Emma Donoghue in gown with her 2018 Canadian Screen Award trophy.

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Scotiabank Giller Prize Announces Long List

/ BY Mike Crisolago / September 7th, 2020


Former winners and notable first-time nominees are among the 14 authors who make up the 2020 Scotiabank Giller Prize longlist.

Irish-Canadian author Emma Donoghue, whose previous novels have been nominated for the Man Booker Prize and the Giller — and who received a Best Adapted Screenplay Oscar nomination for the film version of her 2010 novel, Room — made the Giller long list again this year for The Pull of the Stars, her Dublin-set story about the 1918 flu pandemic.

David Bergen and Lynn Coady, both former Giller winners — Bergen in 2005 for the novel The Time in Between and Coady in 2013 for the short story collection Helloing — also received nominations this year. This time around, however, it’s Bergen nominated for a short story collection, Here the Dark, and Coady for a novel, Watching You Without Me.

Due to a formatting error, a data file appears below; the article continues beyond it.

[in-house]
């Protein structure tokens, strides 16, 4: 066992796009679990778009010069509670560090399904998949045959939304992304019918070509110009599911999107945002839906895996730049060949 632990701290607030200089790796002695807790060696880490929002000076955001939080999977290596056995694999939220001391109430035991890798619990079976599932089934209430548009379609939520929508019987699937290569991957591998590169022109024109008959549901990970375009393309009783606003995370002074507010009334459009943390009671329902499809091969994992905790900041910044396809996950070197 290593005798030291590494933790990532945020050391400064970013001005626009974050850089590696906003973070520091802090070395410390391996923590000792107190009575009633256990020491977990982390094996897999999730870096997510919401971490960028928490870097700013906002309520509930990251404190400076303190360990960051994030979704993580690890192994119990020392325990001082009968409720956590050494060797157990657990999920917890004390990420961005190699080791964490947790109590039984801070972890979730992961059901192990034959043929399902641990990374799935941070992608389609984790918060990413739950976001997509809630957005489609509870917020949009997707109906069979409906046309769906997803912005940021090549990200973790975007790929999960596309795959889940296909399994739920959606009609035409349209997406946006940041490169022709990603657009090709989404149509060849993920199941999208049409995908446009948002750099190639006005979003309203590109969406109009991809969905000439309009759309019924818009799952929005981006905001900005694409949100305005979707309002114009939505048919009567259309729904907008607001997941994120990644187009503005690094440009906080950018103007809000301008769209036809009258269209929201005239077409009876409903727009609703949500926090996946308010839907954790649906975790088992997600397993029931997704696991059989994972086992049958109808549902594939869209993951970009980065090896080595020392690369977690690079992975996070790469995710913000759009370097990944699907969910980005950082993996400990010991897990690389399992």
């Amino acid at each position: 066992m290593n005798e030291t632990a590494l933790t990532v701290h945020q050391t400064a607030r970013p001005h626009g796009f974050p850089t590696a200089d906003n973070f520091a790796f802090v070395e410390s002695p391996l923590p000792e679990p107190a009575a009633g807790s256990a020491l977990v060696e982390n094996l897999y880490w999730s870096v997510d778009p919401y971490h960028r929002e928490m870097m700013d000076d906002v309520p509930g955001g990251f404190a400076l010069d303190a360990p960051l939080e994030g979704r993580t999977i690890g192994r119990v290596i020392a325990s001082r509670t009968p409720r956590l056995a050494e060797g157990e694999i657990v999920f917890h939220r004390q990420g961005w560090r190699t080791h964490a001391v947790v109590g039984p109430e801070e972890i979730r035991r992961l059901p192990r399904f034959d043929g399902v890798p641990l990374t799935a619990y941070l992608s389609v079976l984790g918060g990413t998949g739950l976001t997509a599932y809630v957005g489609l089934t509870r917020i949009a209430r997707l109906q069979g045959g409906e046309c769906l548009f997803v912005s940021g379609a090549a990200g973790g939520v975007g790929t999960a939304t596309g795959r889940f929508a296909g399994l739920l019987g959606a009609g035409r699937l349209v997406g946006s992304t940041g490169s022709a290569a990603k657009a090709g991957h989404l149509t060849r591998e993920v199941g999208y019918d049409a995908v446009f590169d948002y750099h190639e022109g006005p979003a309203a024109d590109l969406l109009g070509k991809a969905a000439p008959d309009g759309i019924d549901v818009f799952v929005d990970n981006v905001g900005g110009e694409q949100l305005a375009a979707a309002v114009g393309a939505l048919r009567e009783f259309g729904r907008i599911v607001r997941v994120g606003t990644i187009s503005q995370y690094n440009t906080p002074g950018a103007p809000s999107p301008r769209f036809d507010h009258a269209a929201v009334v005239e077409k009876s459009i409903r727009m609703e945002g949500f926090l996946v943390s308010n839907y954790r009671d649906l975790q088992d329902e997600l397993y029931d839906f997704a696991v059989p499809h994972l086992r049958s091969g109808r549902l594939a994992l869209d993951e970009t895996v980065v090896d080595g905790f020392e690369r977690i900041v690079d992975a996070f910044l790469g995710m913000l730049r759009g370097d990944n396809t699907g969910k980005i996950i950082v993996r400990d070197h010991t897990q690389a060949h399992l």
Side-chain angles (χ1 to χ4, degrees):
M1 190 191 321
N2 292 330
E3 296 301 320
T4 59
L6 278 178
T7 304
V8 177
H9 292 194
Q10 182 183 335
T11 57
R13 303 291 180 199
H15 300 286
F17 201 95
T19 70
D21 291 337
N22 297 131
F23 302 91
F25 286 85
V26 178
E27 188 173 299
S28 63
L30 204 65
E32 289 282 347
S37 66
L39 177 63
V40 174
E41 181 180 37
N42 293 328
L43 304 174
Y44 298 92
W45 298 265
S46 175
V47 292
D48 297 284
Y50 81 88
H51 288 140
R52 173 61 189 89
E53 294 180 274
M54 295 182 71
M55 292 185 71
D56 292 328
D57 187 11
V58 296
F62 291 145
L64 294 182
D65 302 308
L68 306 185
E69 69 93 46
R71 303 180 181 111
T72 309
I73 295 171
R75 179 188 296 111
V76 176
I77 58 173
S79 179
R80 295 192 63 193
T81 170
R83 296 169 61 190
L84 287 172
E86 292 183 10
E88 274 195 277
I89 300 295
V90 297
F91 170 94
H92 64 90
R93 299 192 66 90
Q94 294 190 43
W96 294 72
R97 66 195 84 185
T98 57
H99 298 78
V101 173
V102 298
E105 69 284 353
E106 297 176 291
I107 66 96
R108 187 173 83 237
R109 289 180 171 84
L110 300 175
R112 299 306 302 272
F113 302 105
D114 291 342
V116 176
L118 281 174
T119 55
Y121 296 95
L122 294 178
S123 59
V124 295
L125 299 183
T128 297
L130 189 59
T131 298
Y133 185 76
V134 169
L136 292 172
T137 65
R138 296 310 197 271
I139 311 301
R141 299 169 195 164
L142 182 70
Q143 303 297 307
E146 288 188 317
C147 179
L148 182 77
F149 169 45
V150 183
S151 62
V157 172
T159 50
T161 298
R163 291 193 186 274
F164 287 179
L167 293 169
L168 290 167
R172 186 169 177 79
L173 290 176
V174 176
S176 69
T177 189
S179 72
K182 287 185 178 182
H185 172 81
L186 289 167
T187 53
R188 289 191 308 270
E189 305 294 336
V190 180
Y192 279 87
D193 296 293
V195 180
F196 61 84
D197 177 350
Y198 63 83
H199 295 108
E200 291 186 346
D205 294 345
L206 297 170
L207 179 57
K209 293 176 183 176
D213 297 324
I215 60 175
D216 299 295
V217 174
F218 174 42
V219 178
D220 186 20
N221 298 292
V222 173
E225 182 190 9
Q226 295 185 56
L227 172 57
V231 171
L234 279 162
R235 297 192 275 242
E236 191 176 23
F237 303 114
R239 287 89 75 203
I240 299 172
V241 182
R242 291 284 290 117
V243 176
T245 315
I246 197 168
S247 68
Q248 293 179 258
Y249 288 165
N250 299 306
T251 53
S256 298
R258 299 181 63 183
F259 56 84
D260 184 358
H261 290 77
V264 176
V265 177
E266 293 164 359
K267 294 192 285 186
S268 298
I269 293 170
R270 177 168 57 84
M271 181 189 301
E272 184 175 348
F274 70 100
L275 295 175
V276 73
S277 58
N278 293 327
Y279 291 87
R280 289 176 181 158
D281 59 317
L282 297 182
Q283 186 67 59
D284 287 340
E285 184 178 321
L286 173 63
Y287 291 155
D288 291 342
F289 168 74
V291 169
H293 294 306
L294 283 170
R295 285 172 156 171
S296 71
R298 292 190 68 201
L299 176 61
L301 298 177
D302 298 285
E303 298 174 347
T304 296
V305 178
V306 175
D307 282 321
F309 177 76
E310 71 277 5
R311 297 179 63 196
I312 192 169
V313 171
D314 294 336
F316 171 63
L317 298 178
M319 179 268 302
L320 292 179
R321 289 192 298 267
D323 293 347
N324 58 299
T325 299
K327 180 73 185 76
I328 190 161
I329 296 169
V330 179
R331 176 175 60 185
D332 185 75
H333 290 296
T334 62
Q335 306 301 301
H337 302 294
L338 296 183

This year also marks a few notable firsts. Eva Crocker’s debut novel All I Ask made the cut, which means she is the first second-generation nominee in Giller history. Her mom is three-time Giller nominee Lisa Moore. And famed Canadian cartoonist Seth was nominated for his graphic novel Clyde Fans, the first graphic novel nominated in the first year of eligibility for the storytelling format.

Other first-time nominees include 77-year-old author and former Giller judge Thomas King for the novel Indians On Vacation; writer and filmmaker Francesca Ekwuyasi for her debut novel Butter Honey Pig Bread; Michelle Good for the novel Five Little Indians; 2020 Griffin Poetry Prize winner Kaie Kellough for the short story collection Dominoes At The Crossroads; Emily St. John Mandel for the novel The Glass Hotel; Souvankham Thammavongsa for the short story collection How To Pronounce Knife; and Gil Adamson for her novel, Ridgerunner.

In addition, Shani Mootoo, who has previously received three Giller nominations, landed on the list for the fourth time for her novel Polar Vortex. And Annabel Lyon, previously a two-time Giller nominee, received her third nod for her novel, Consent.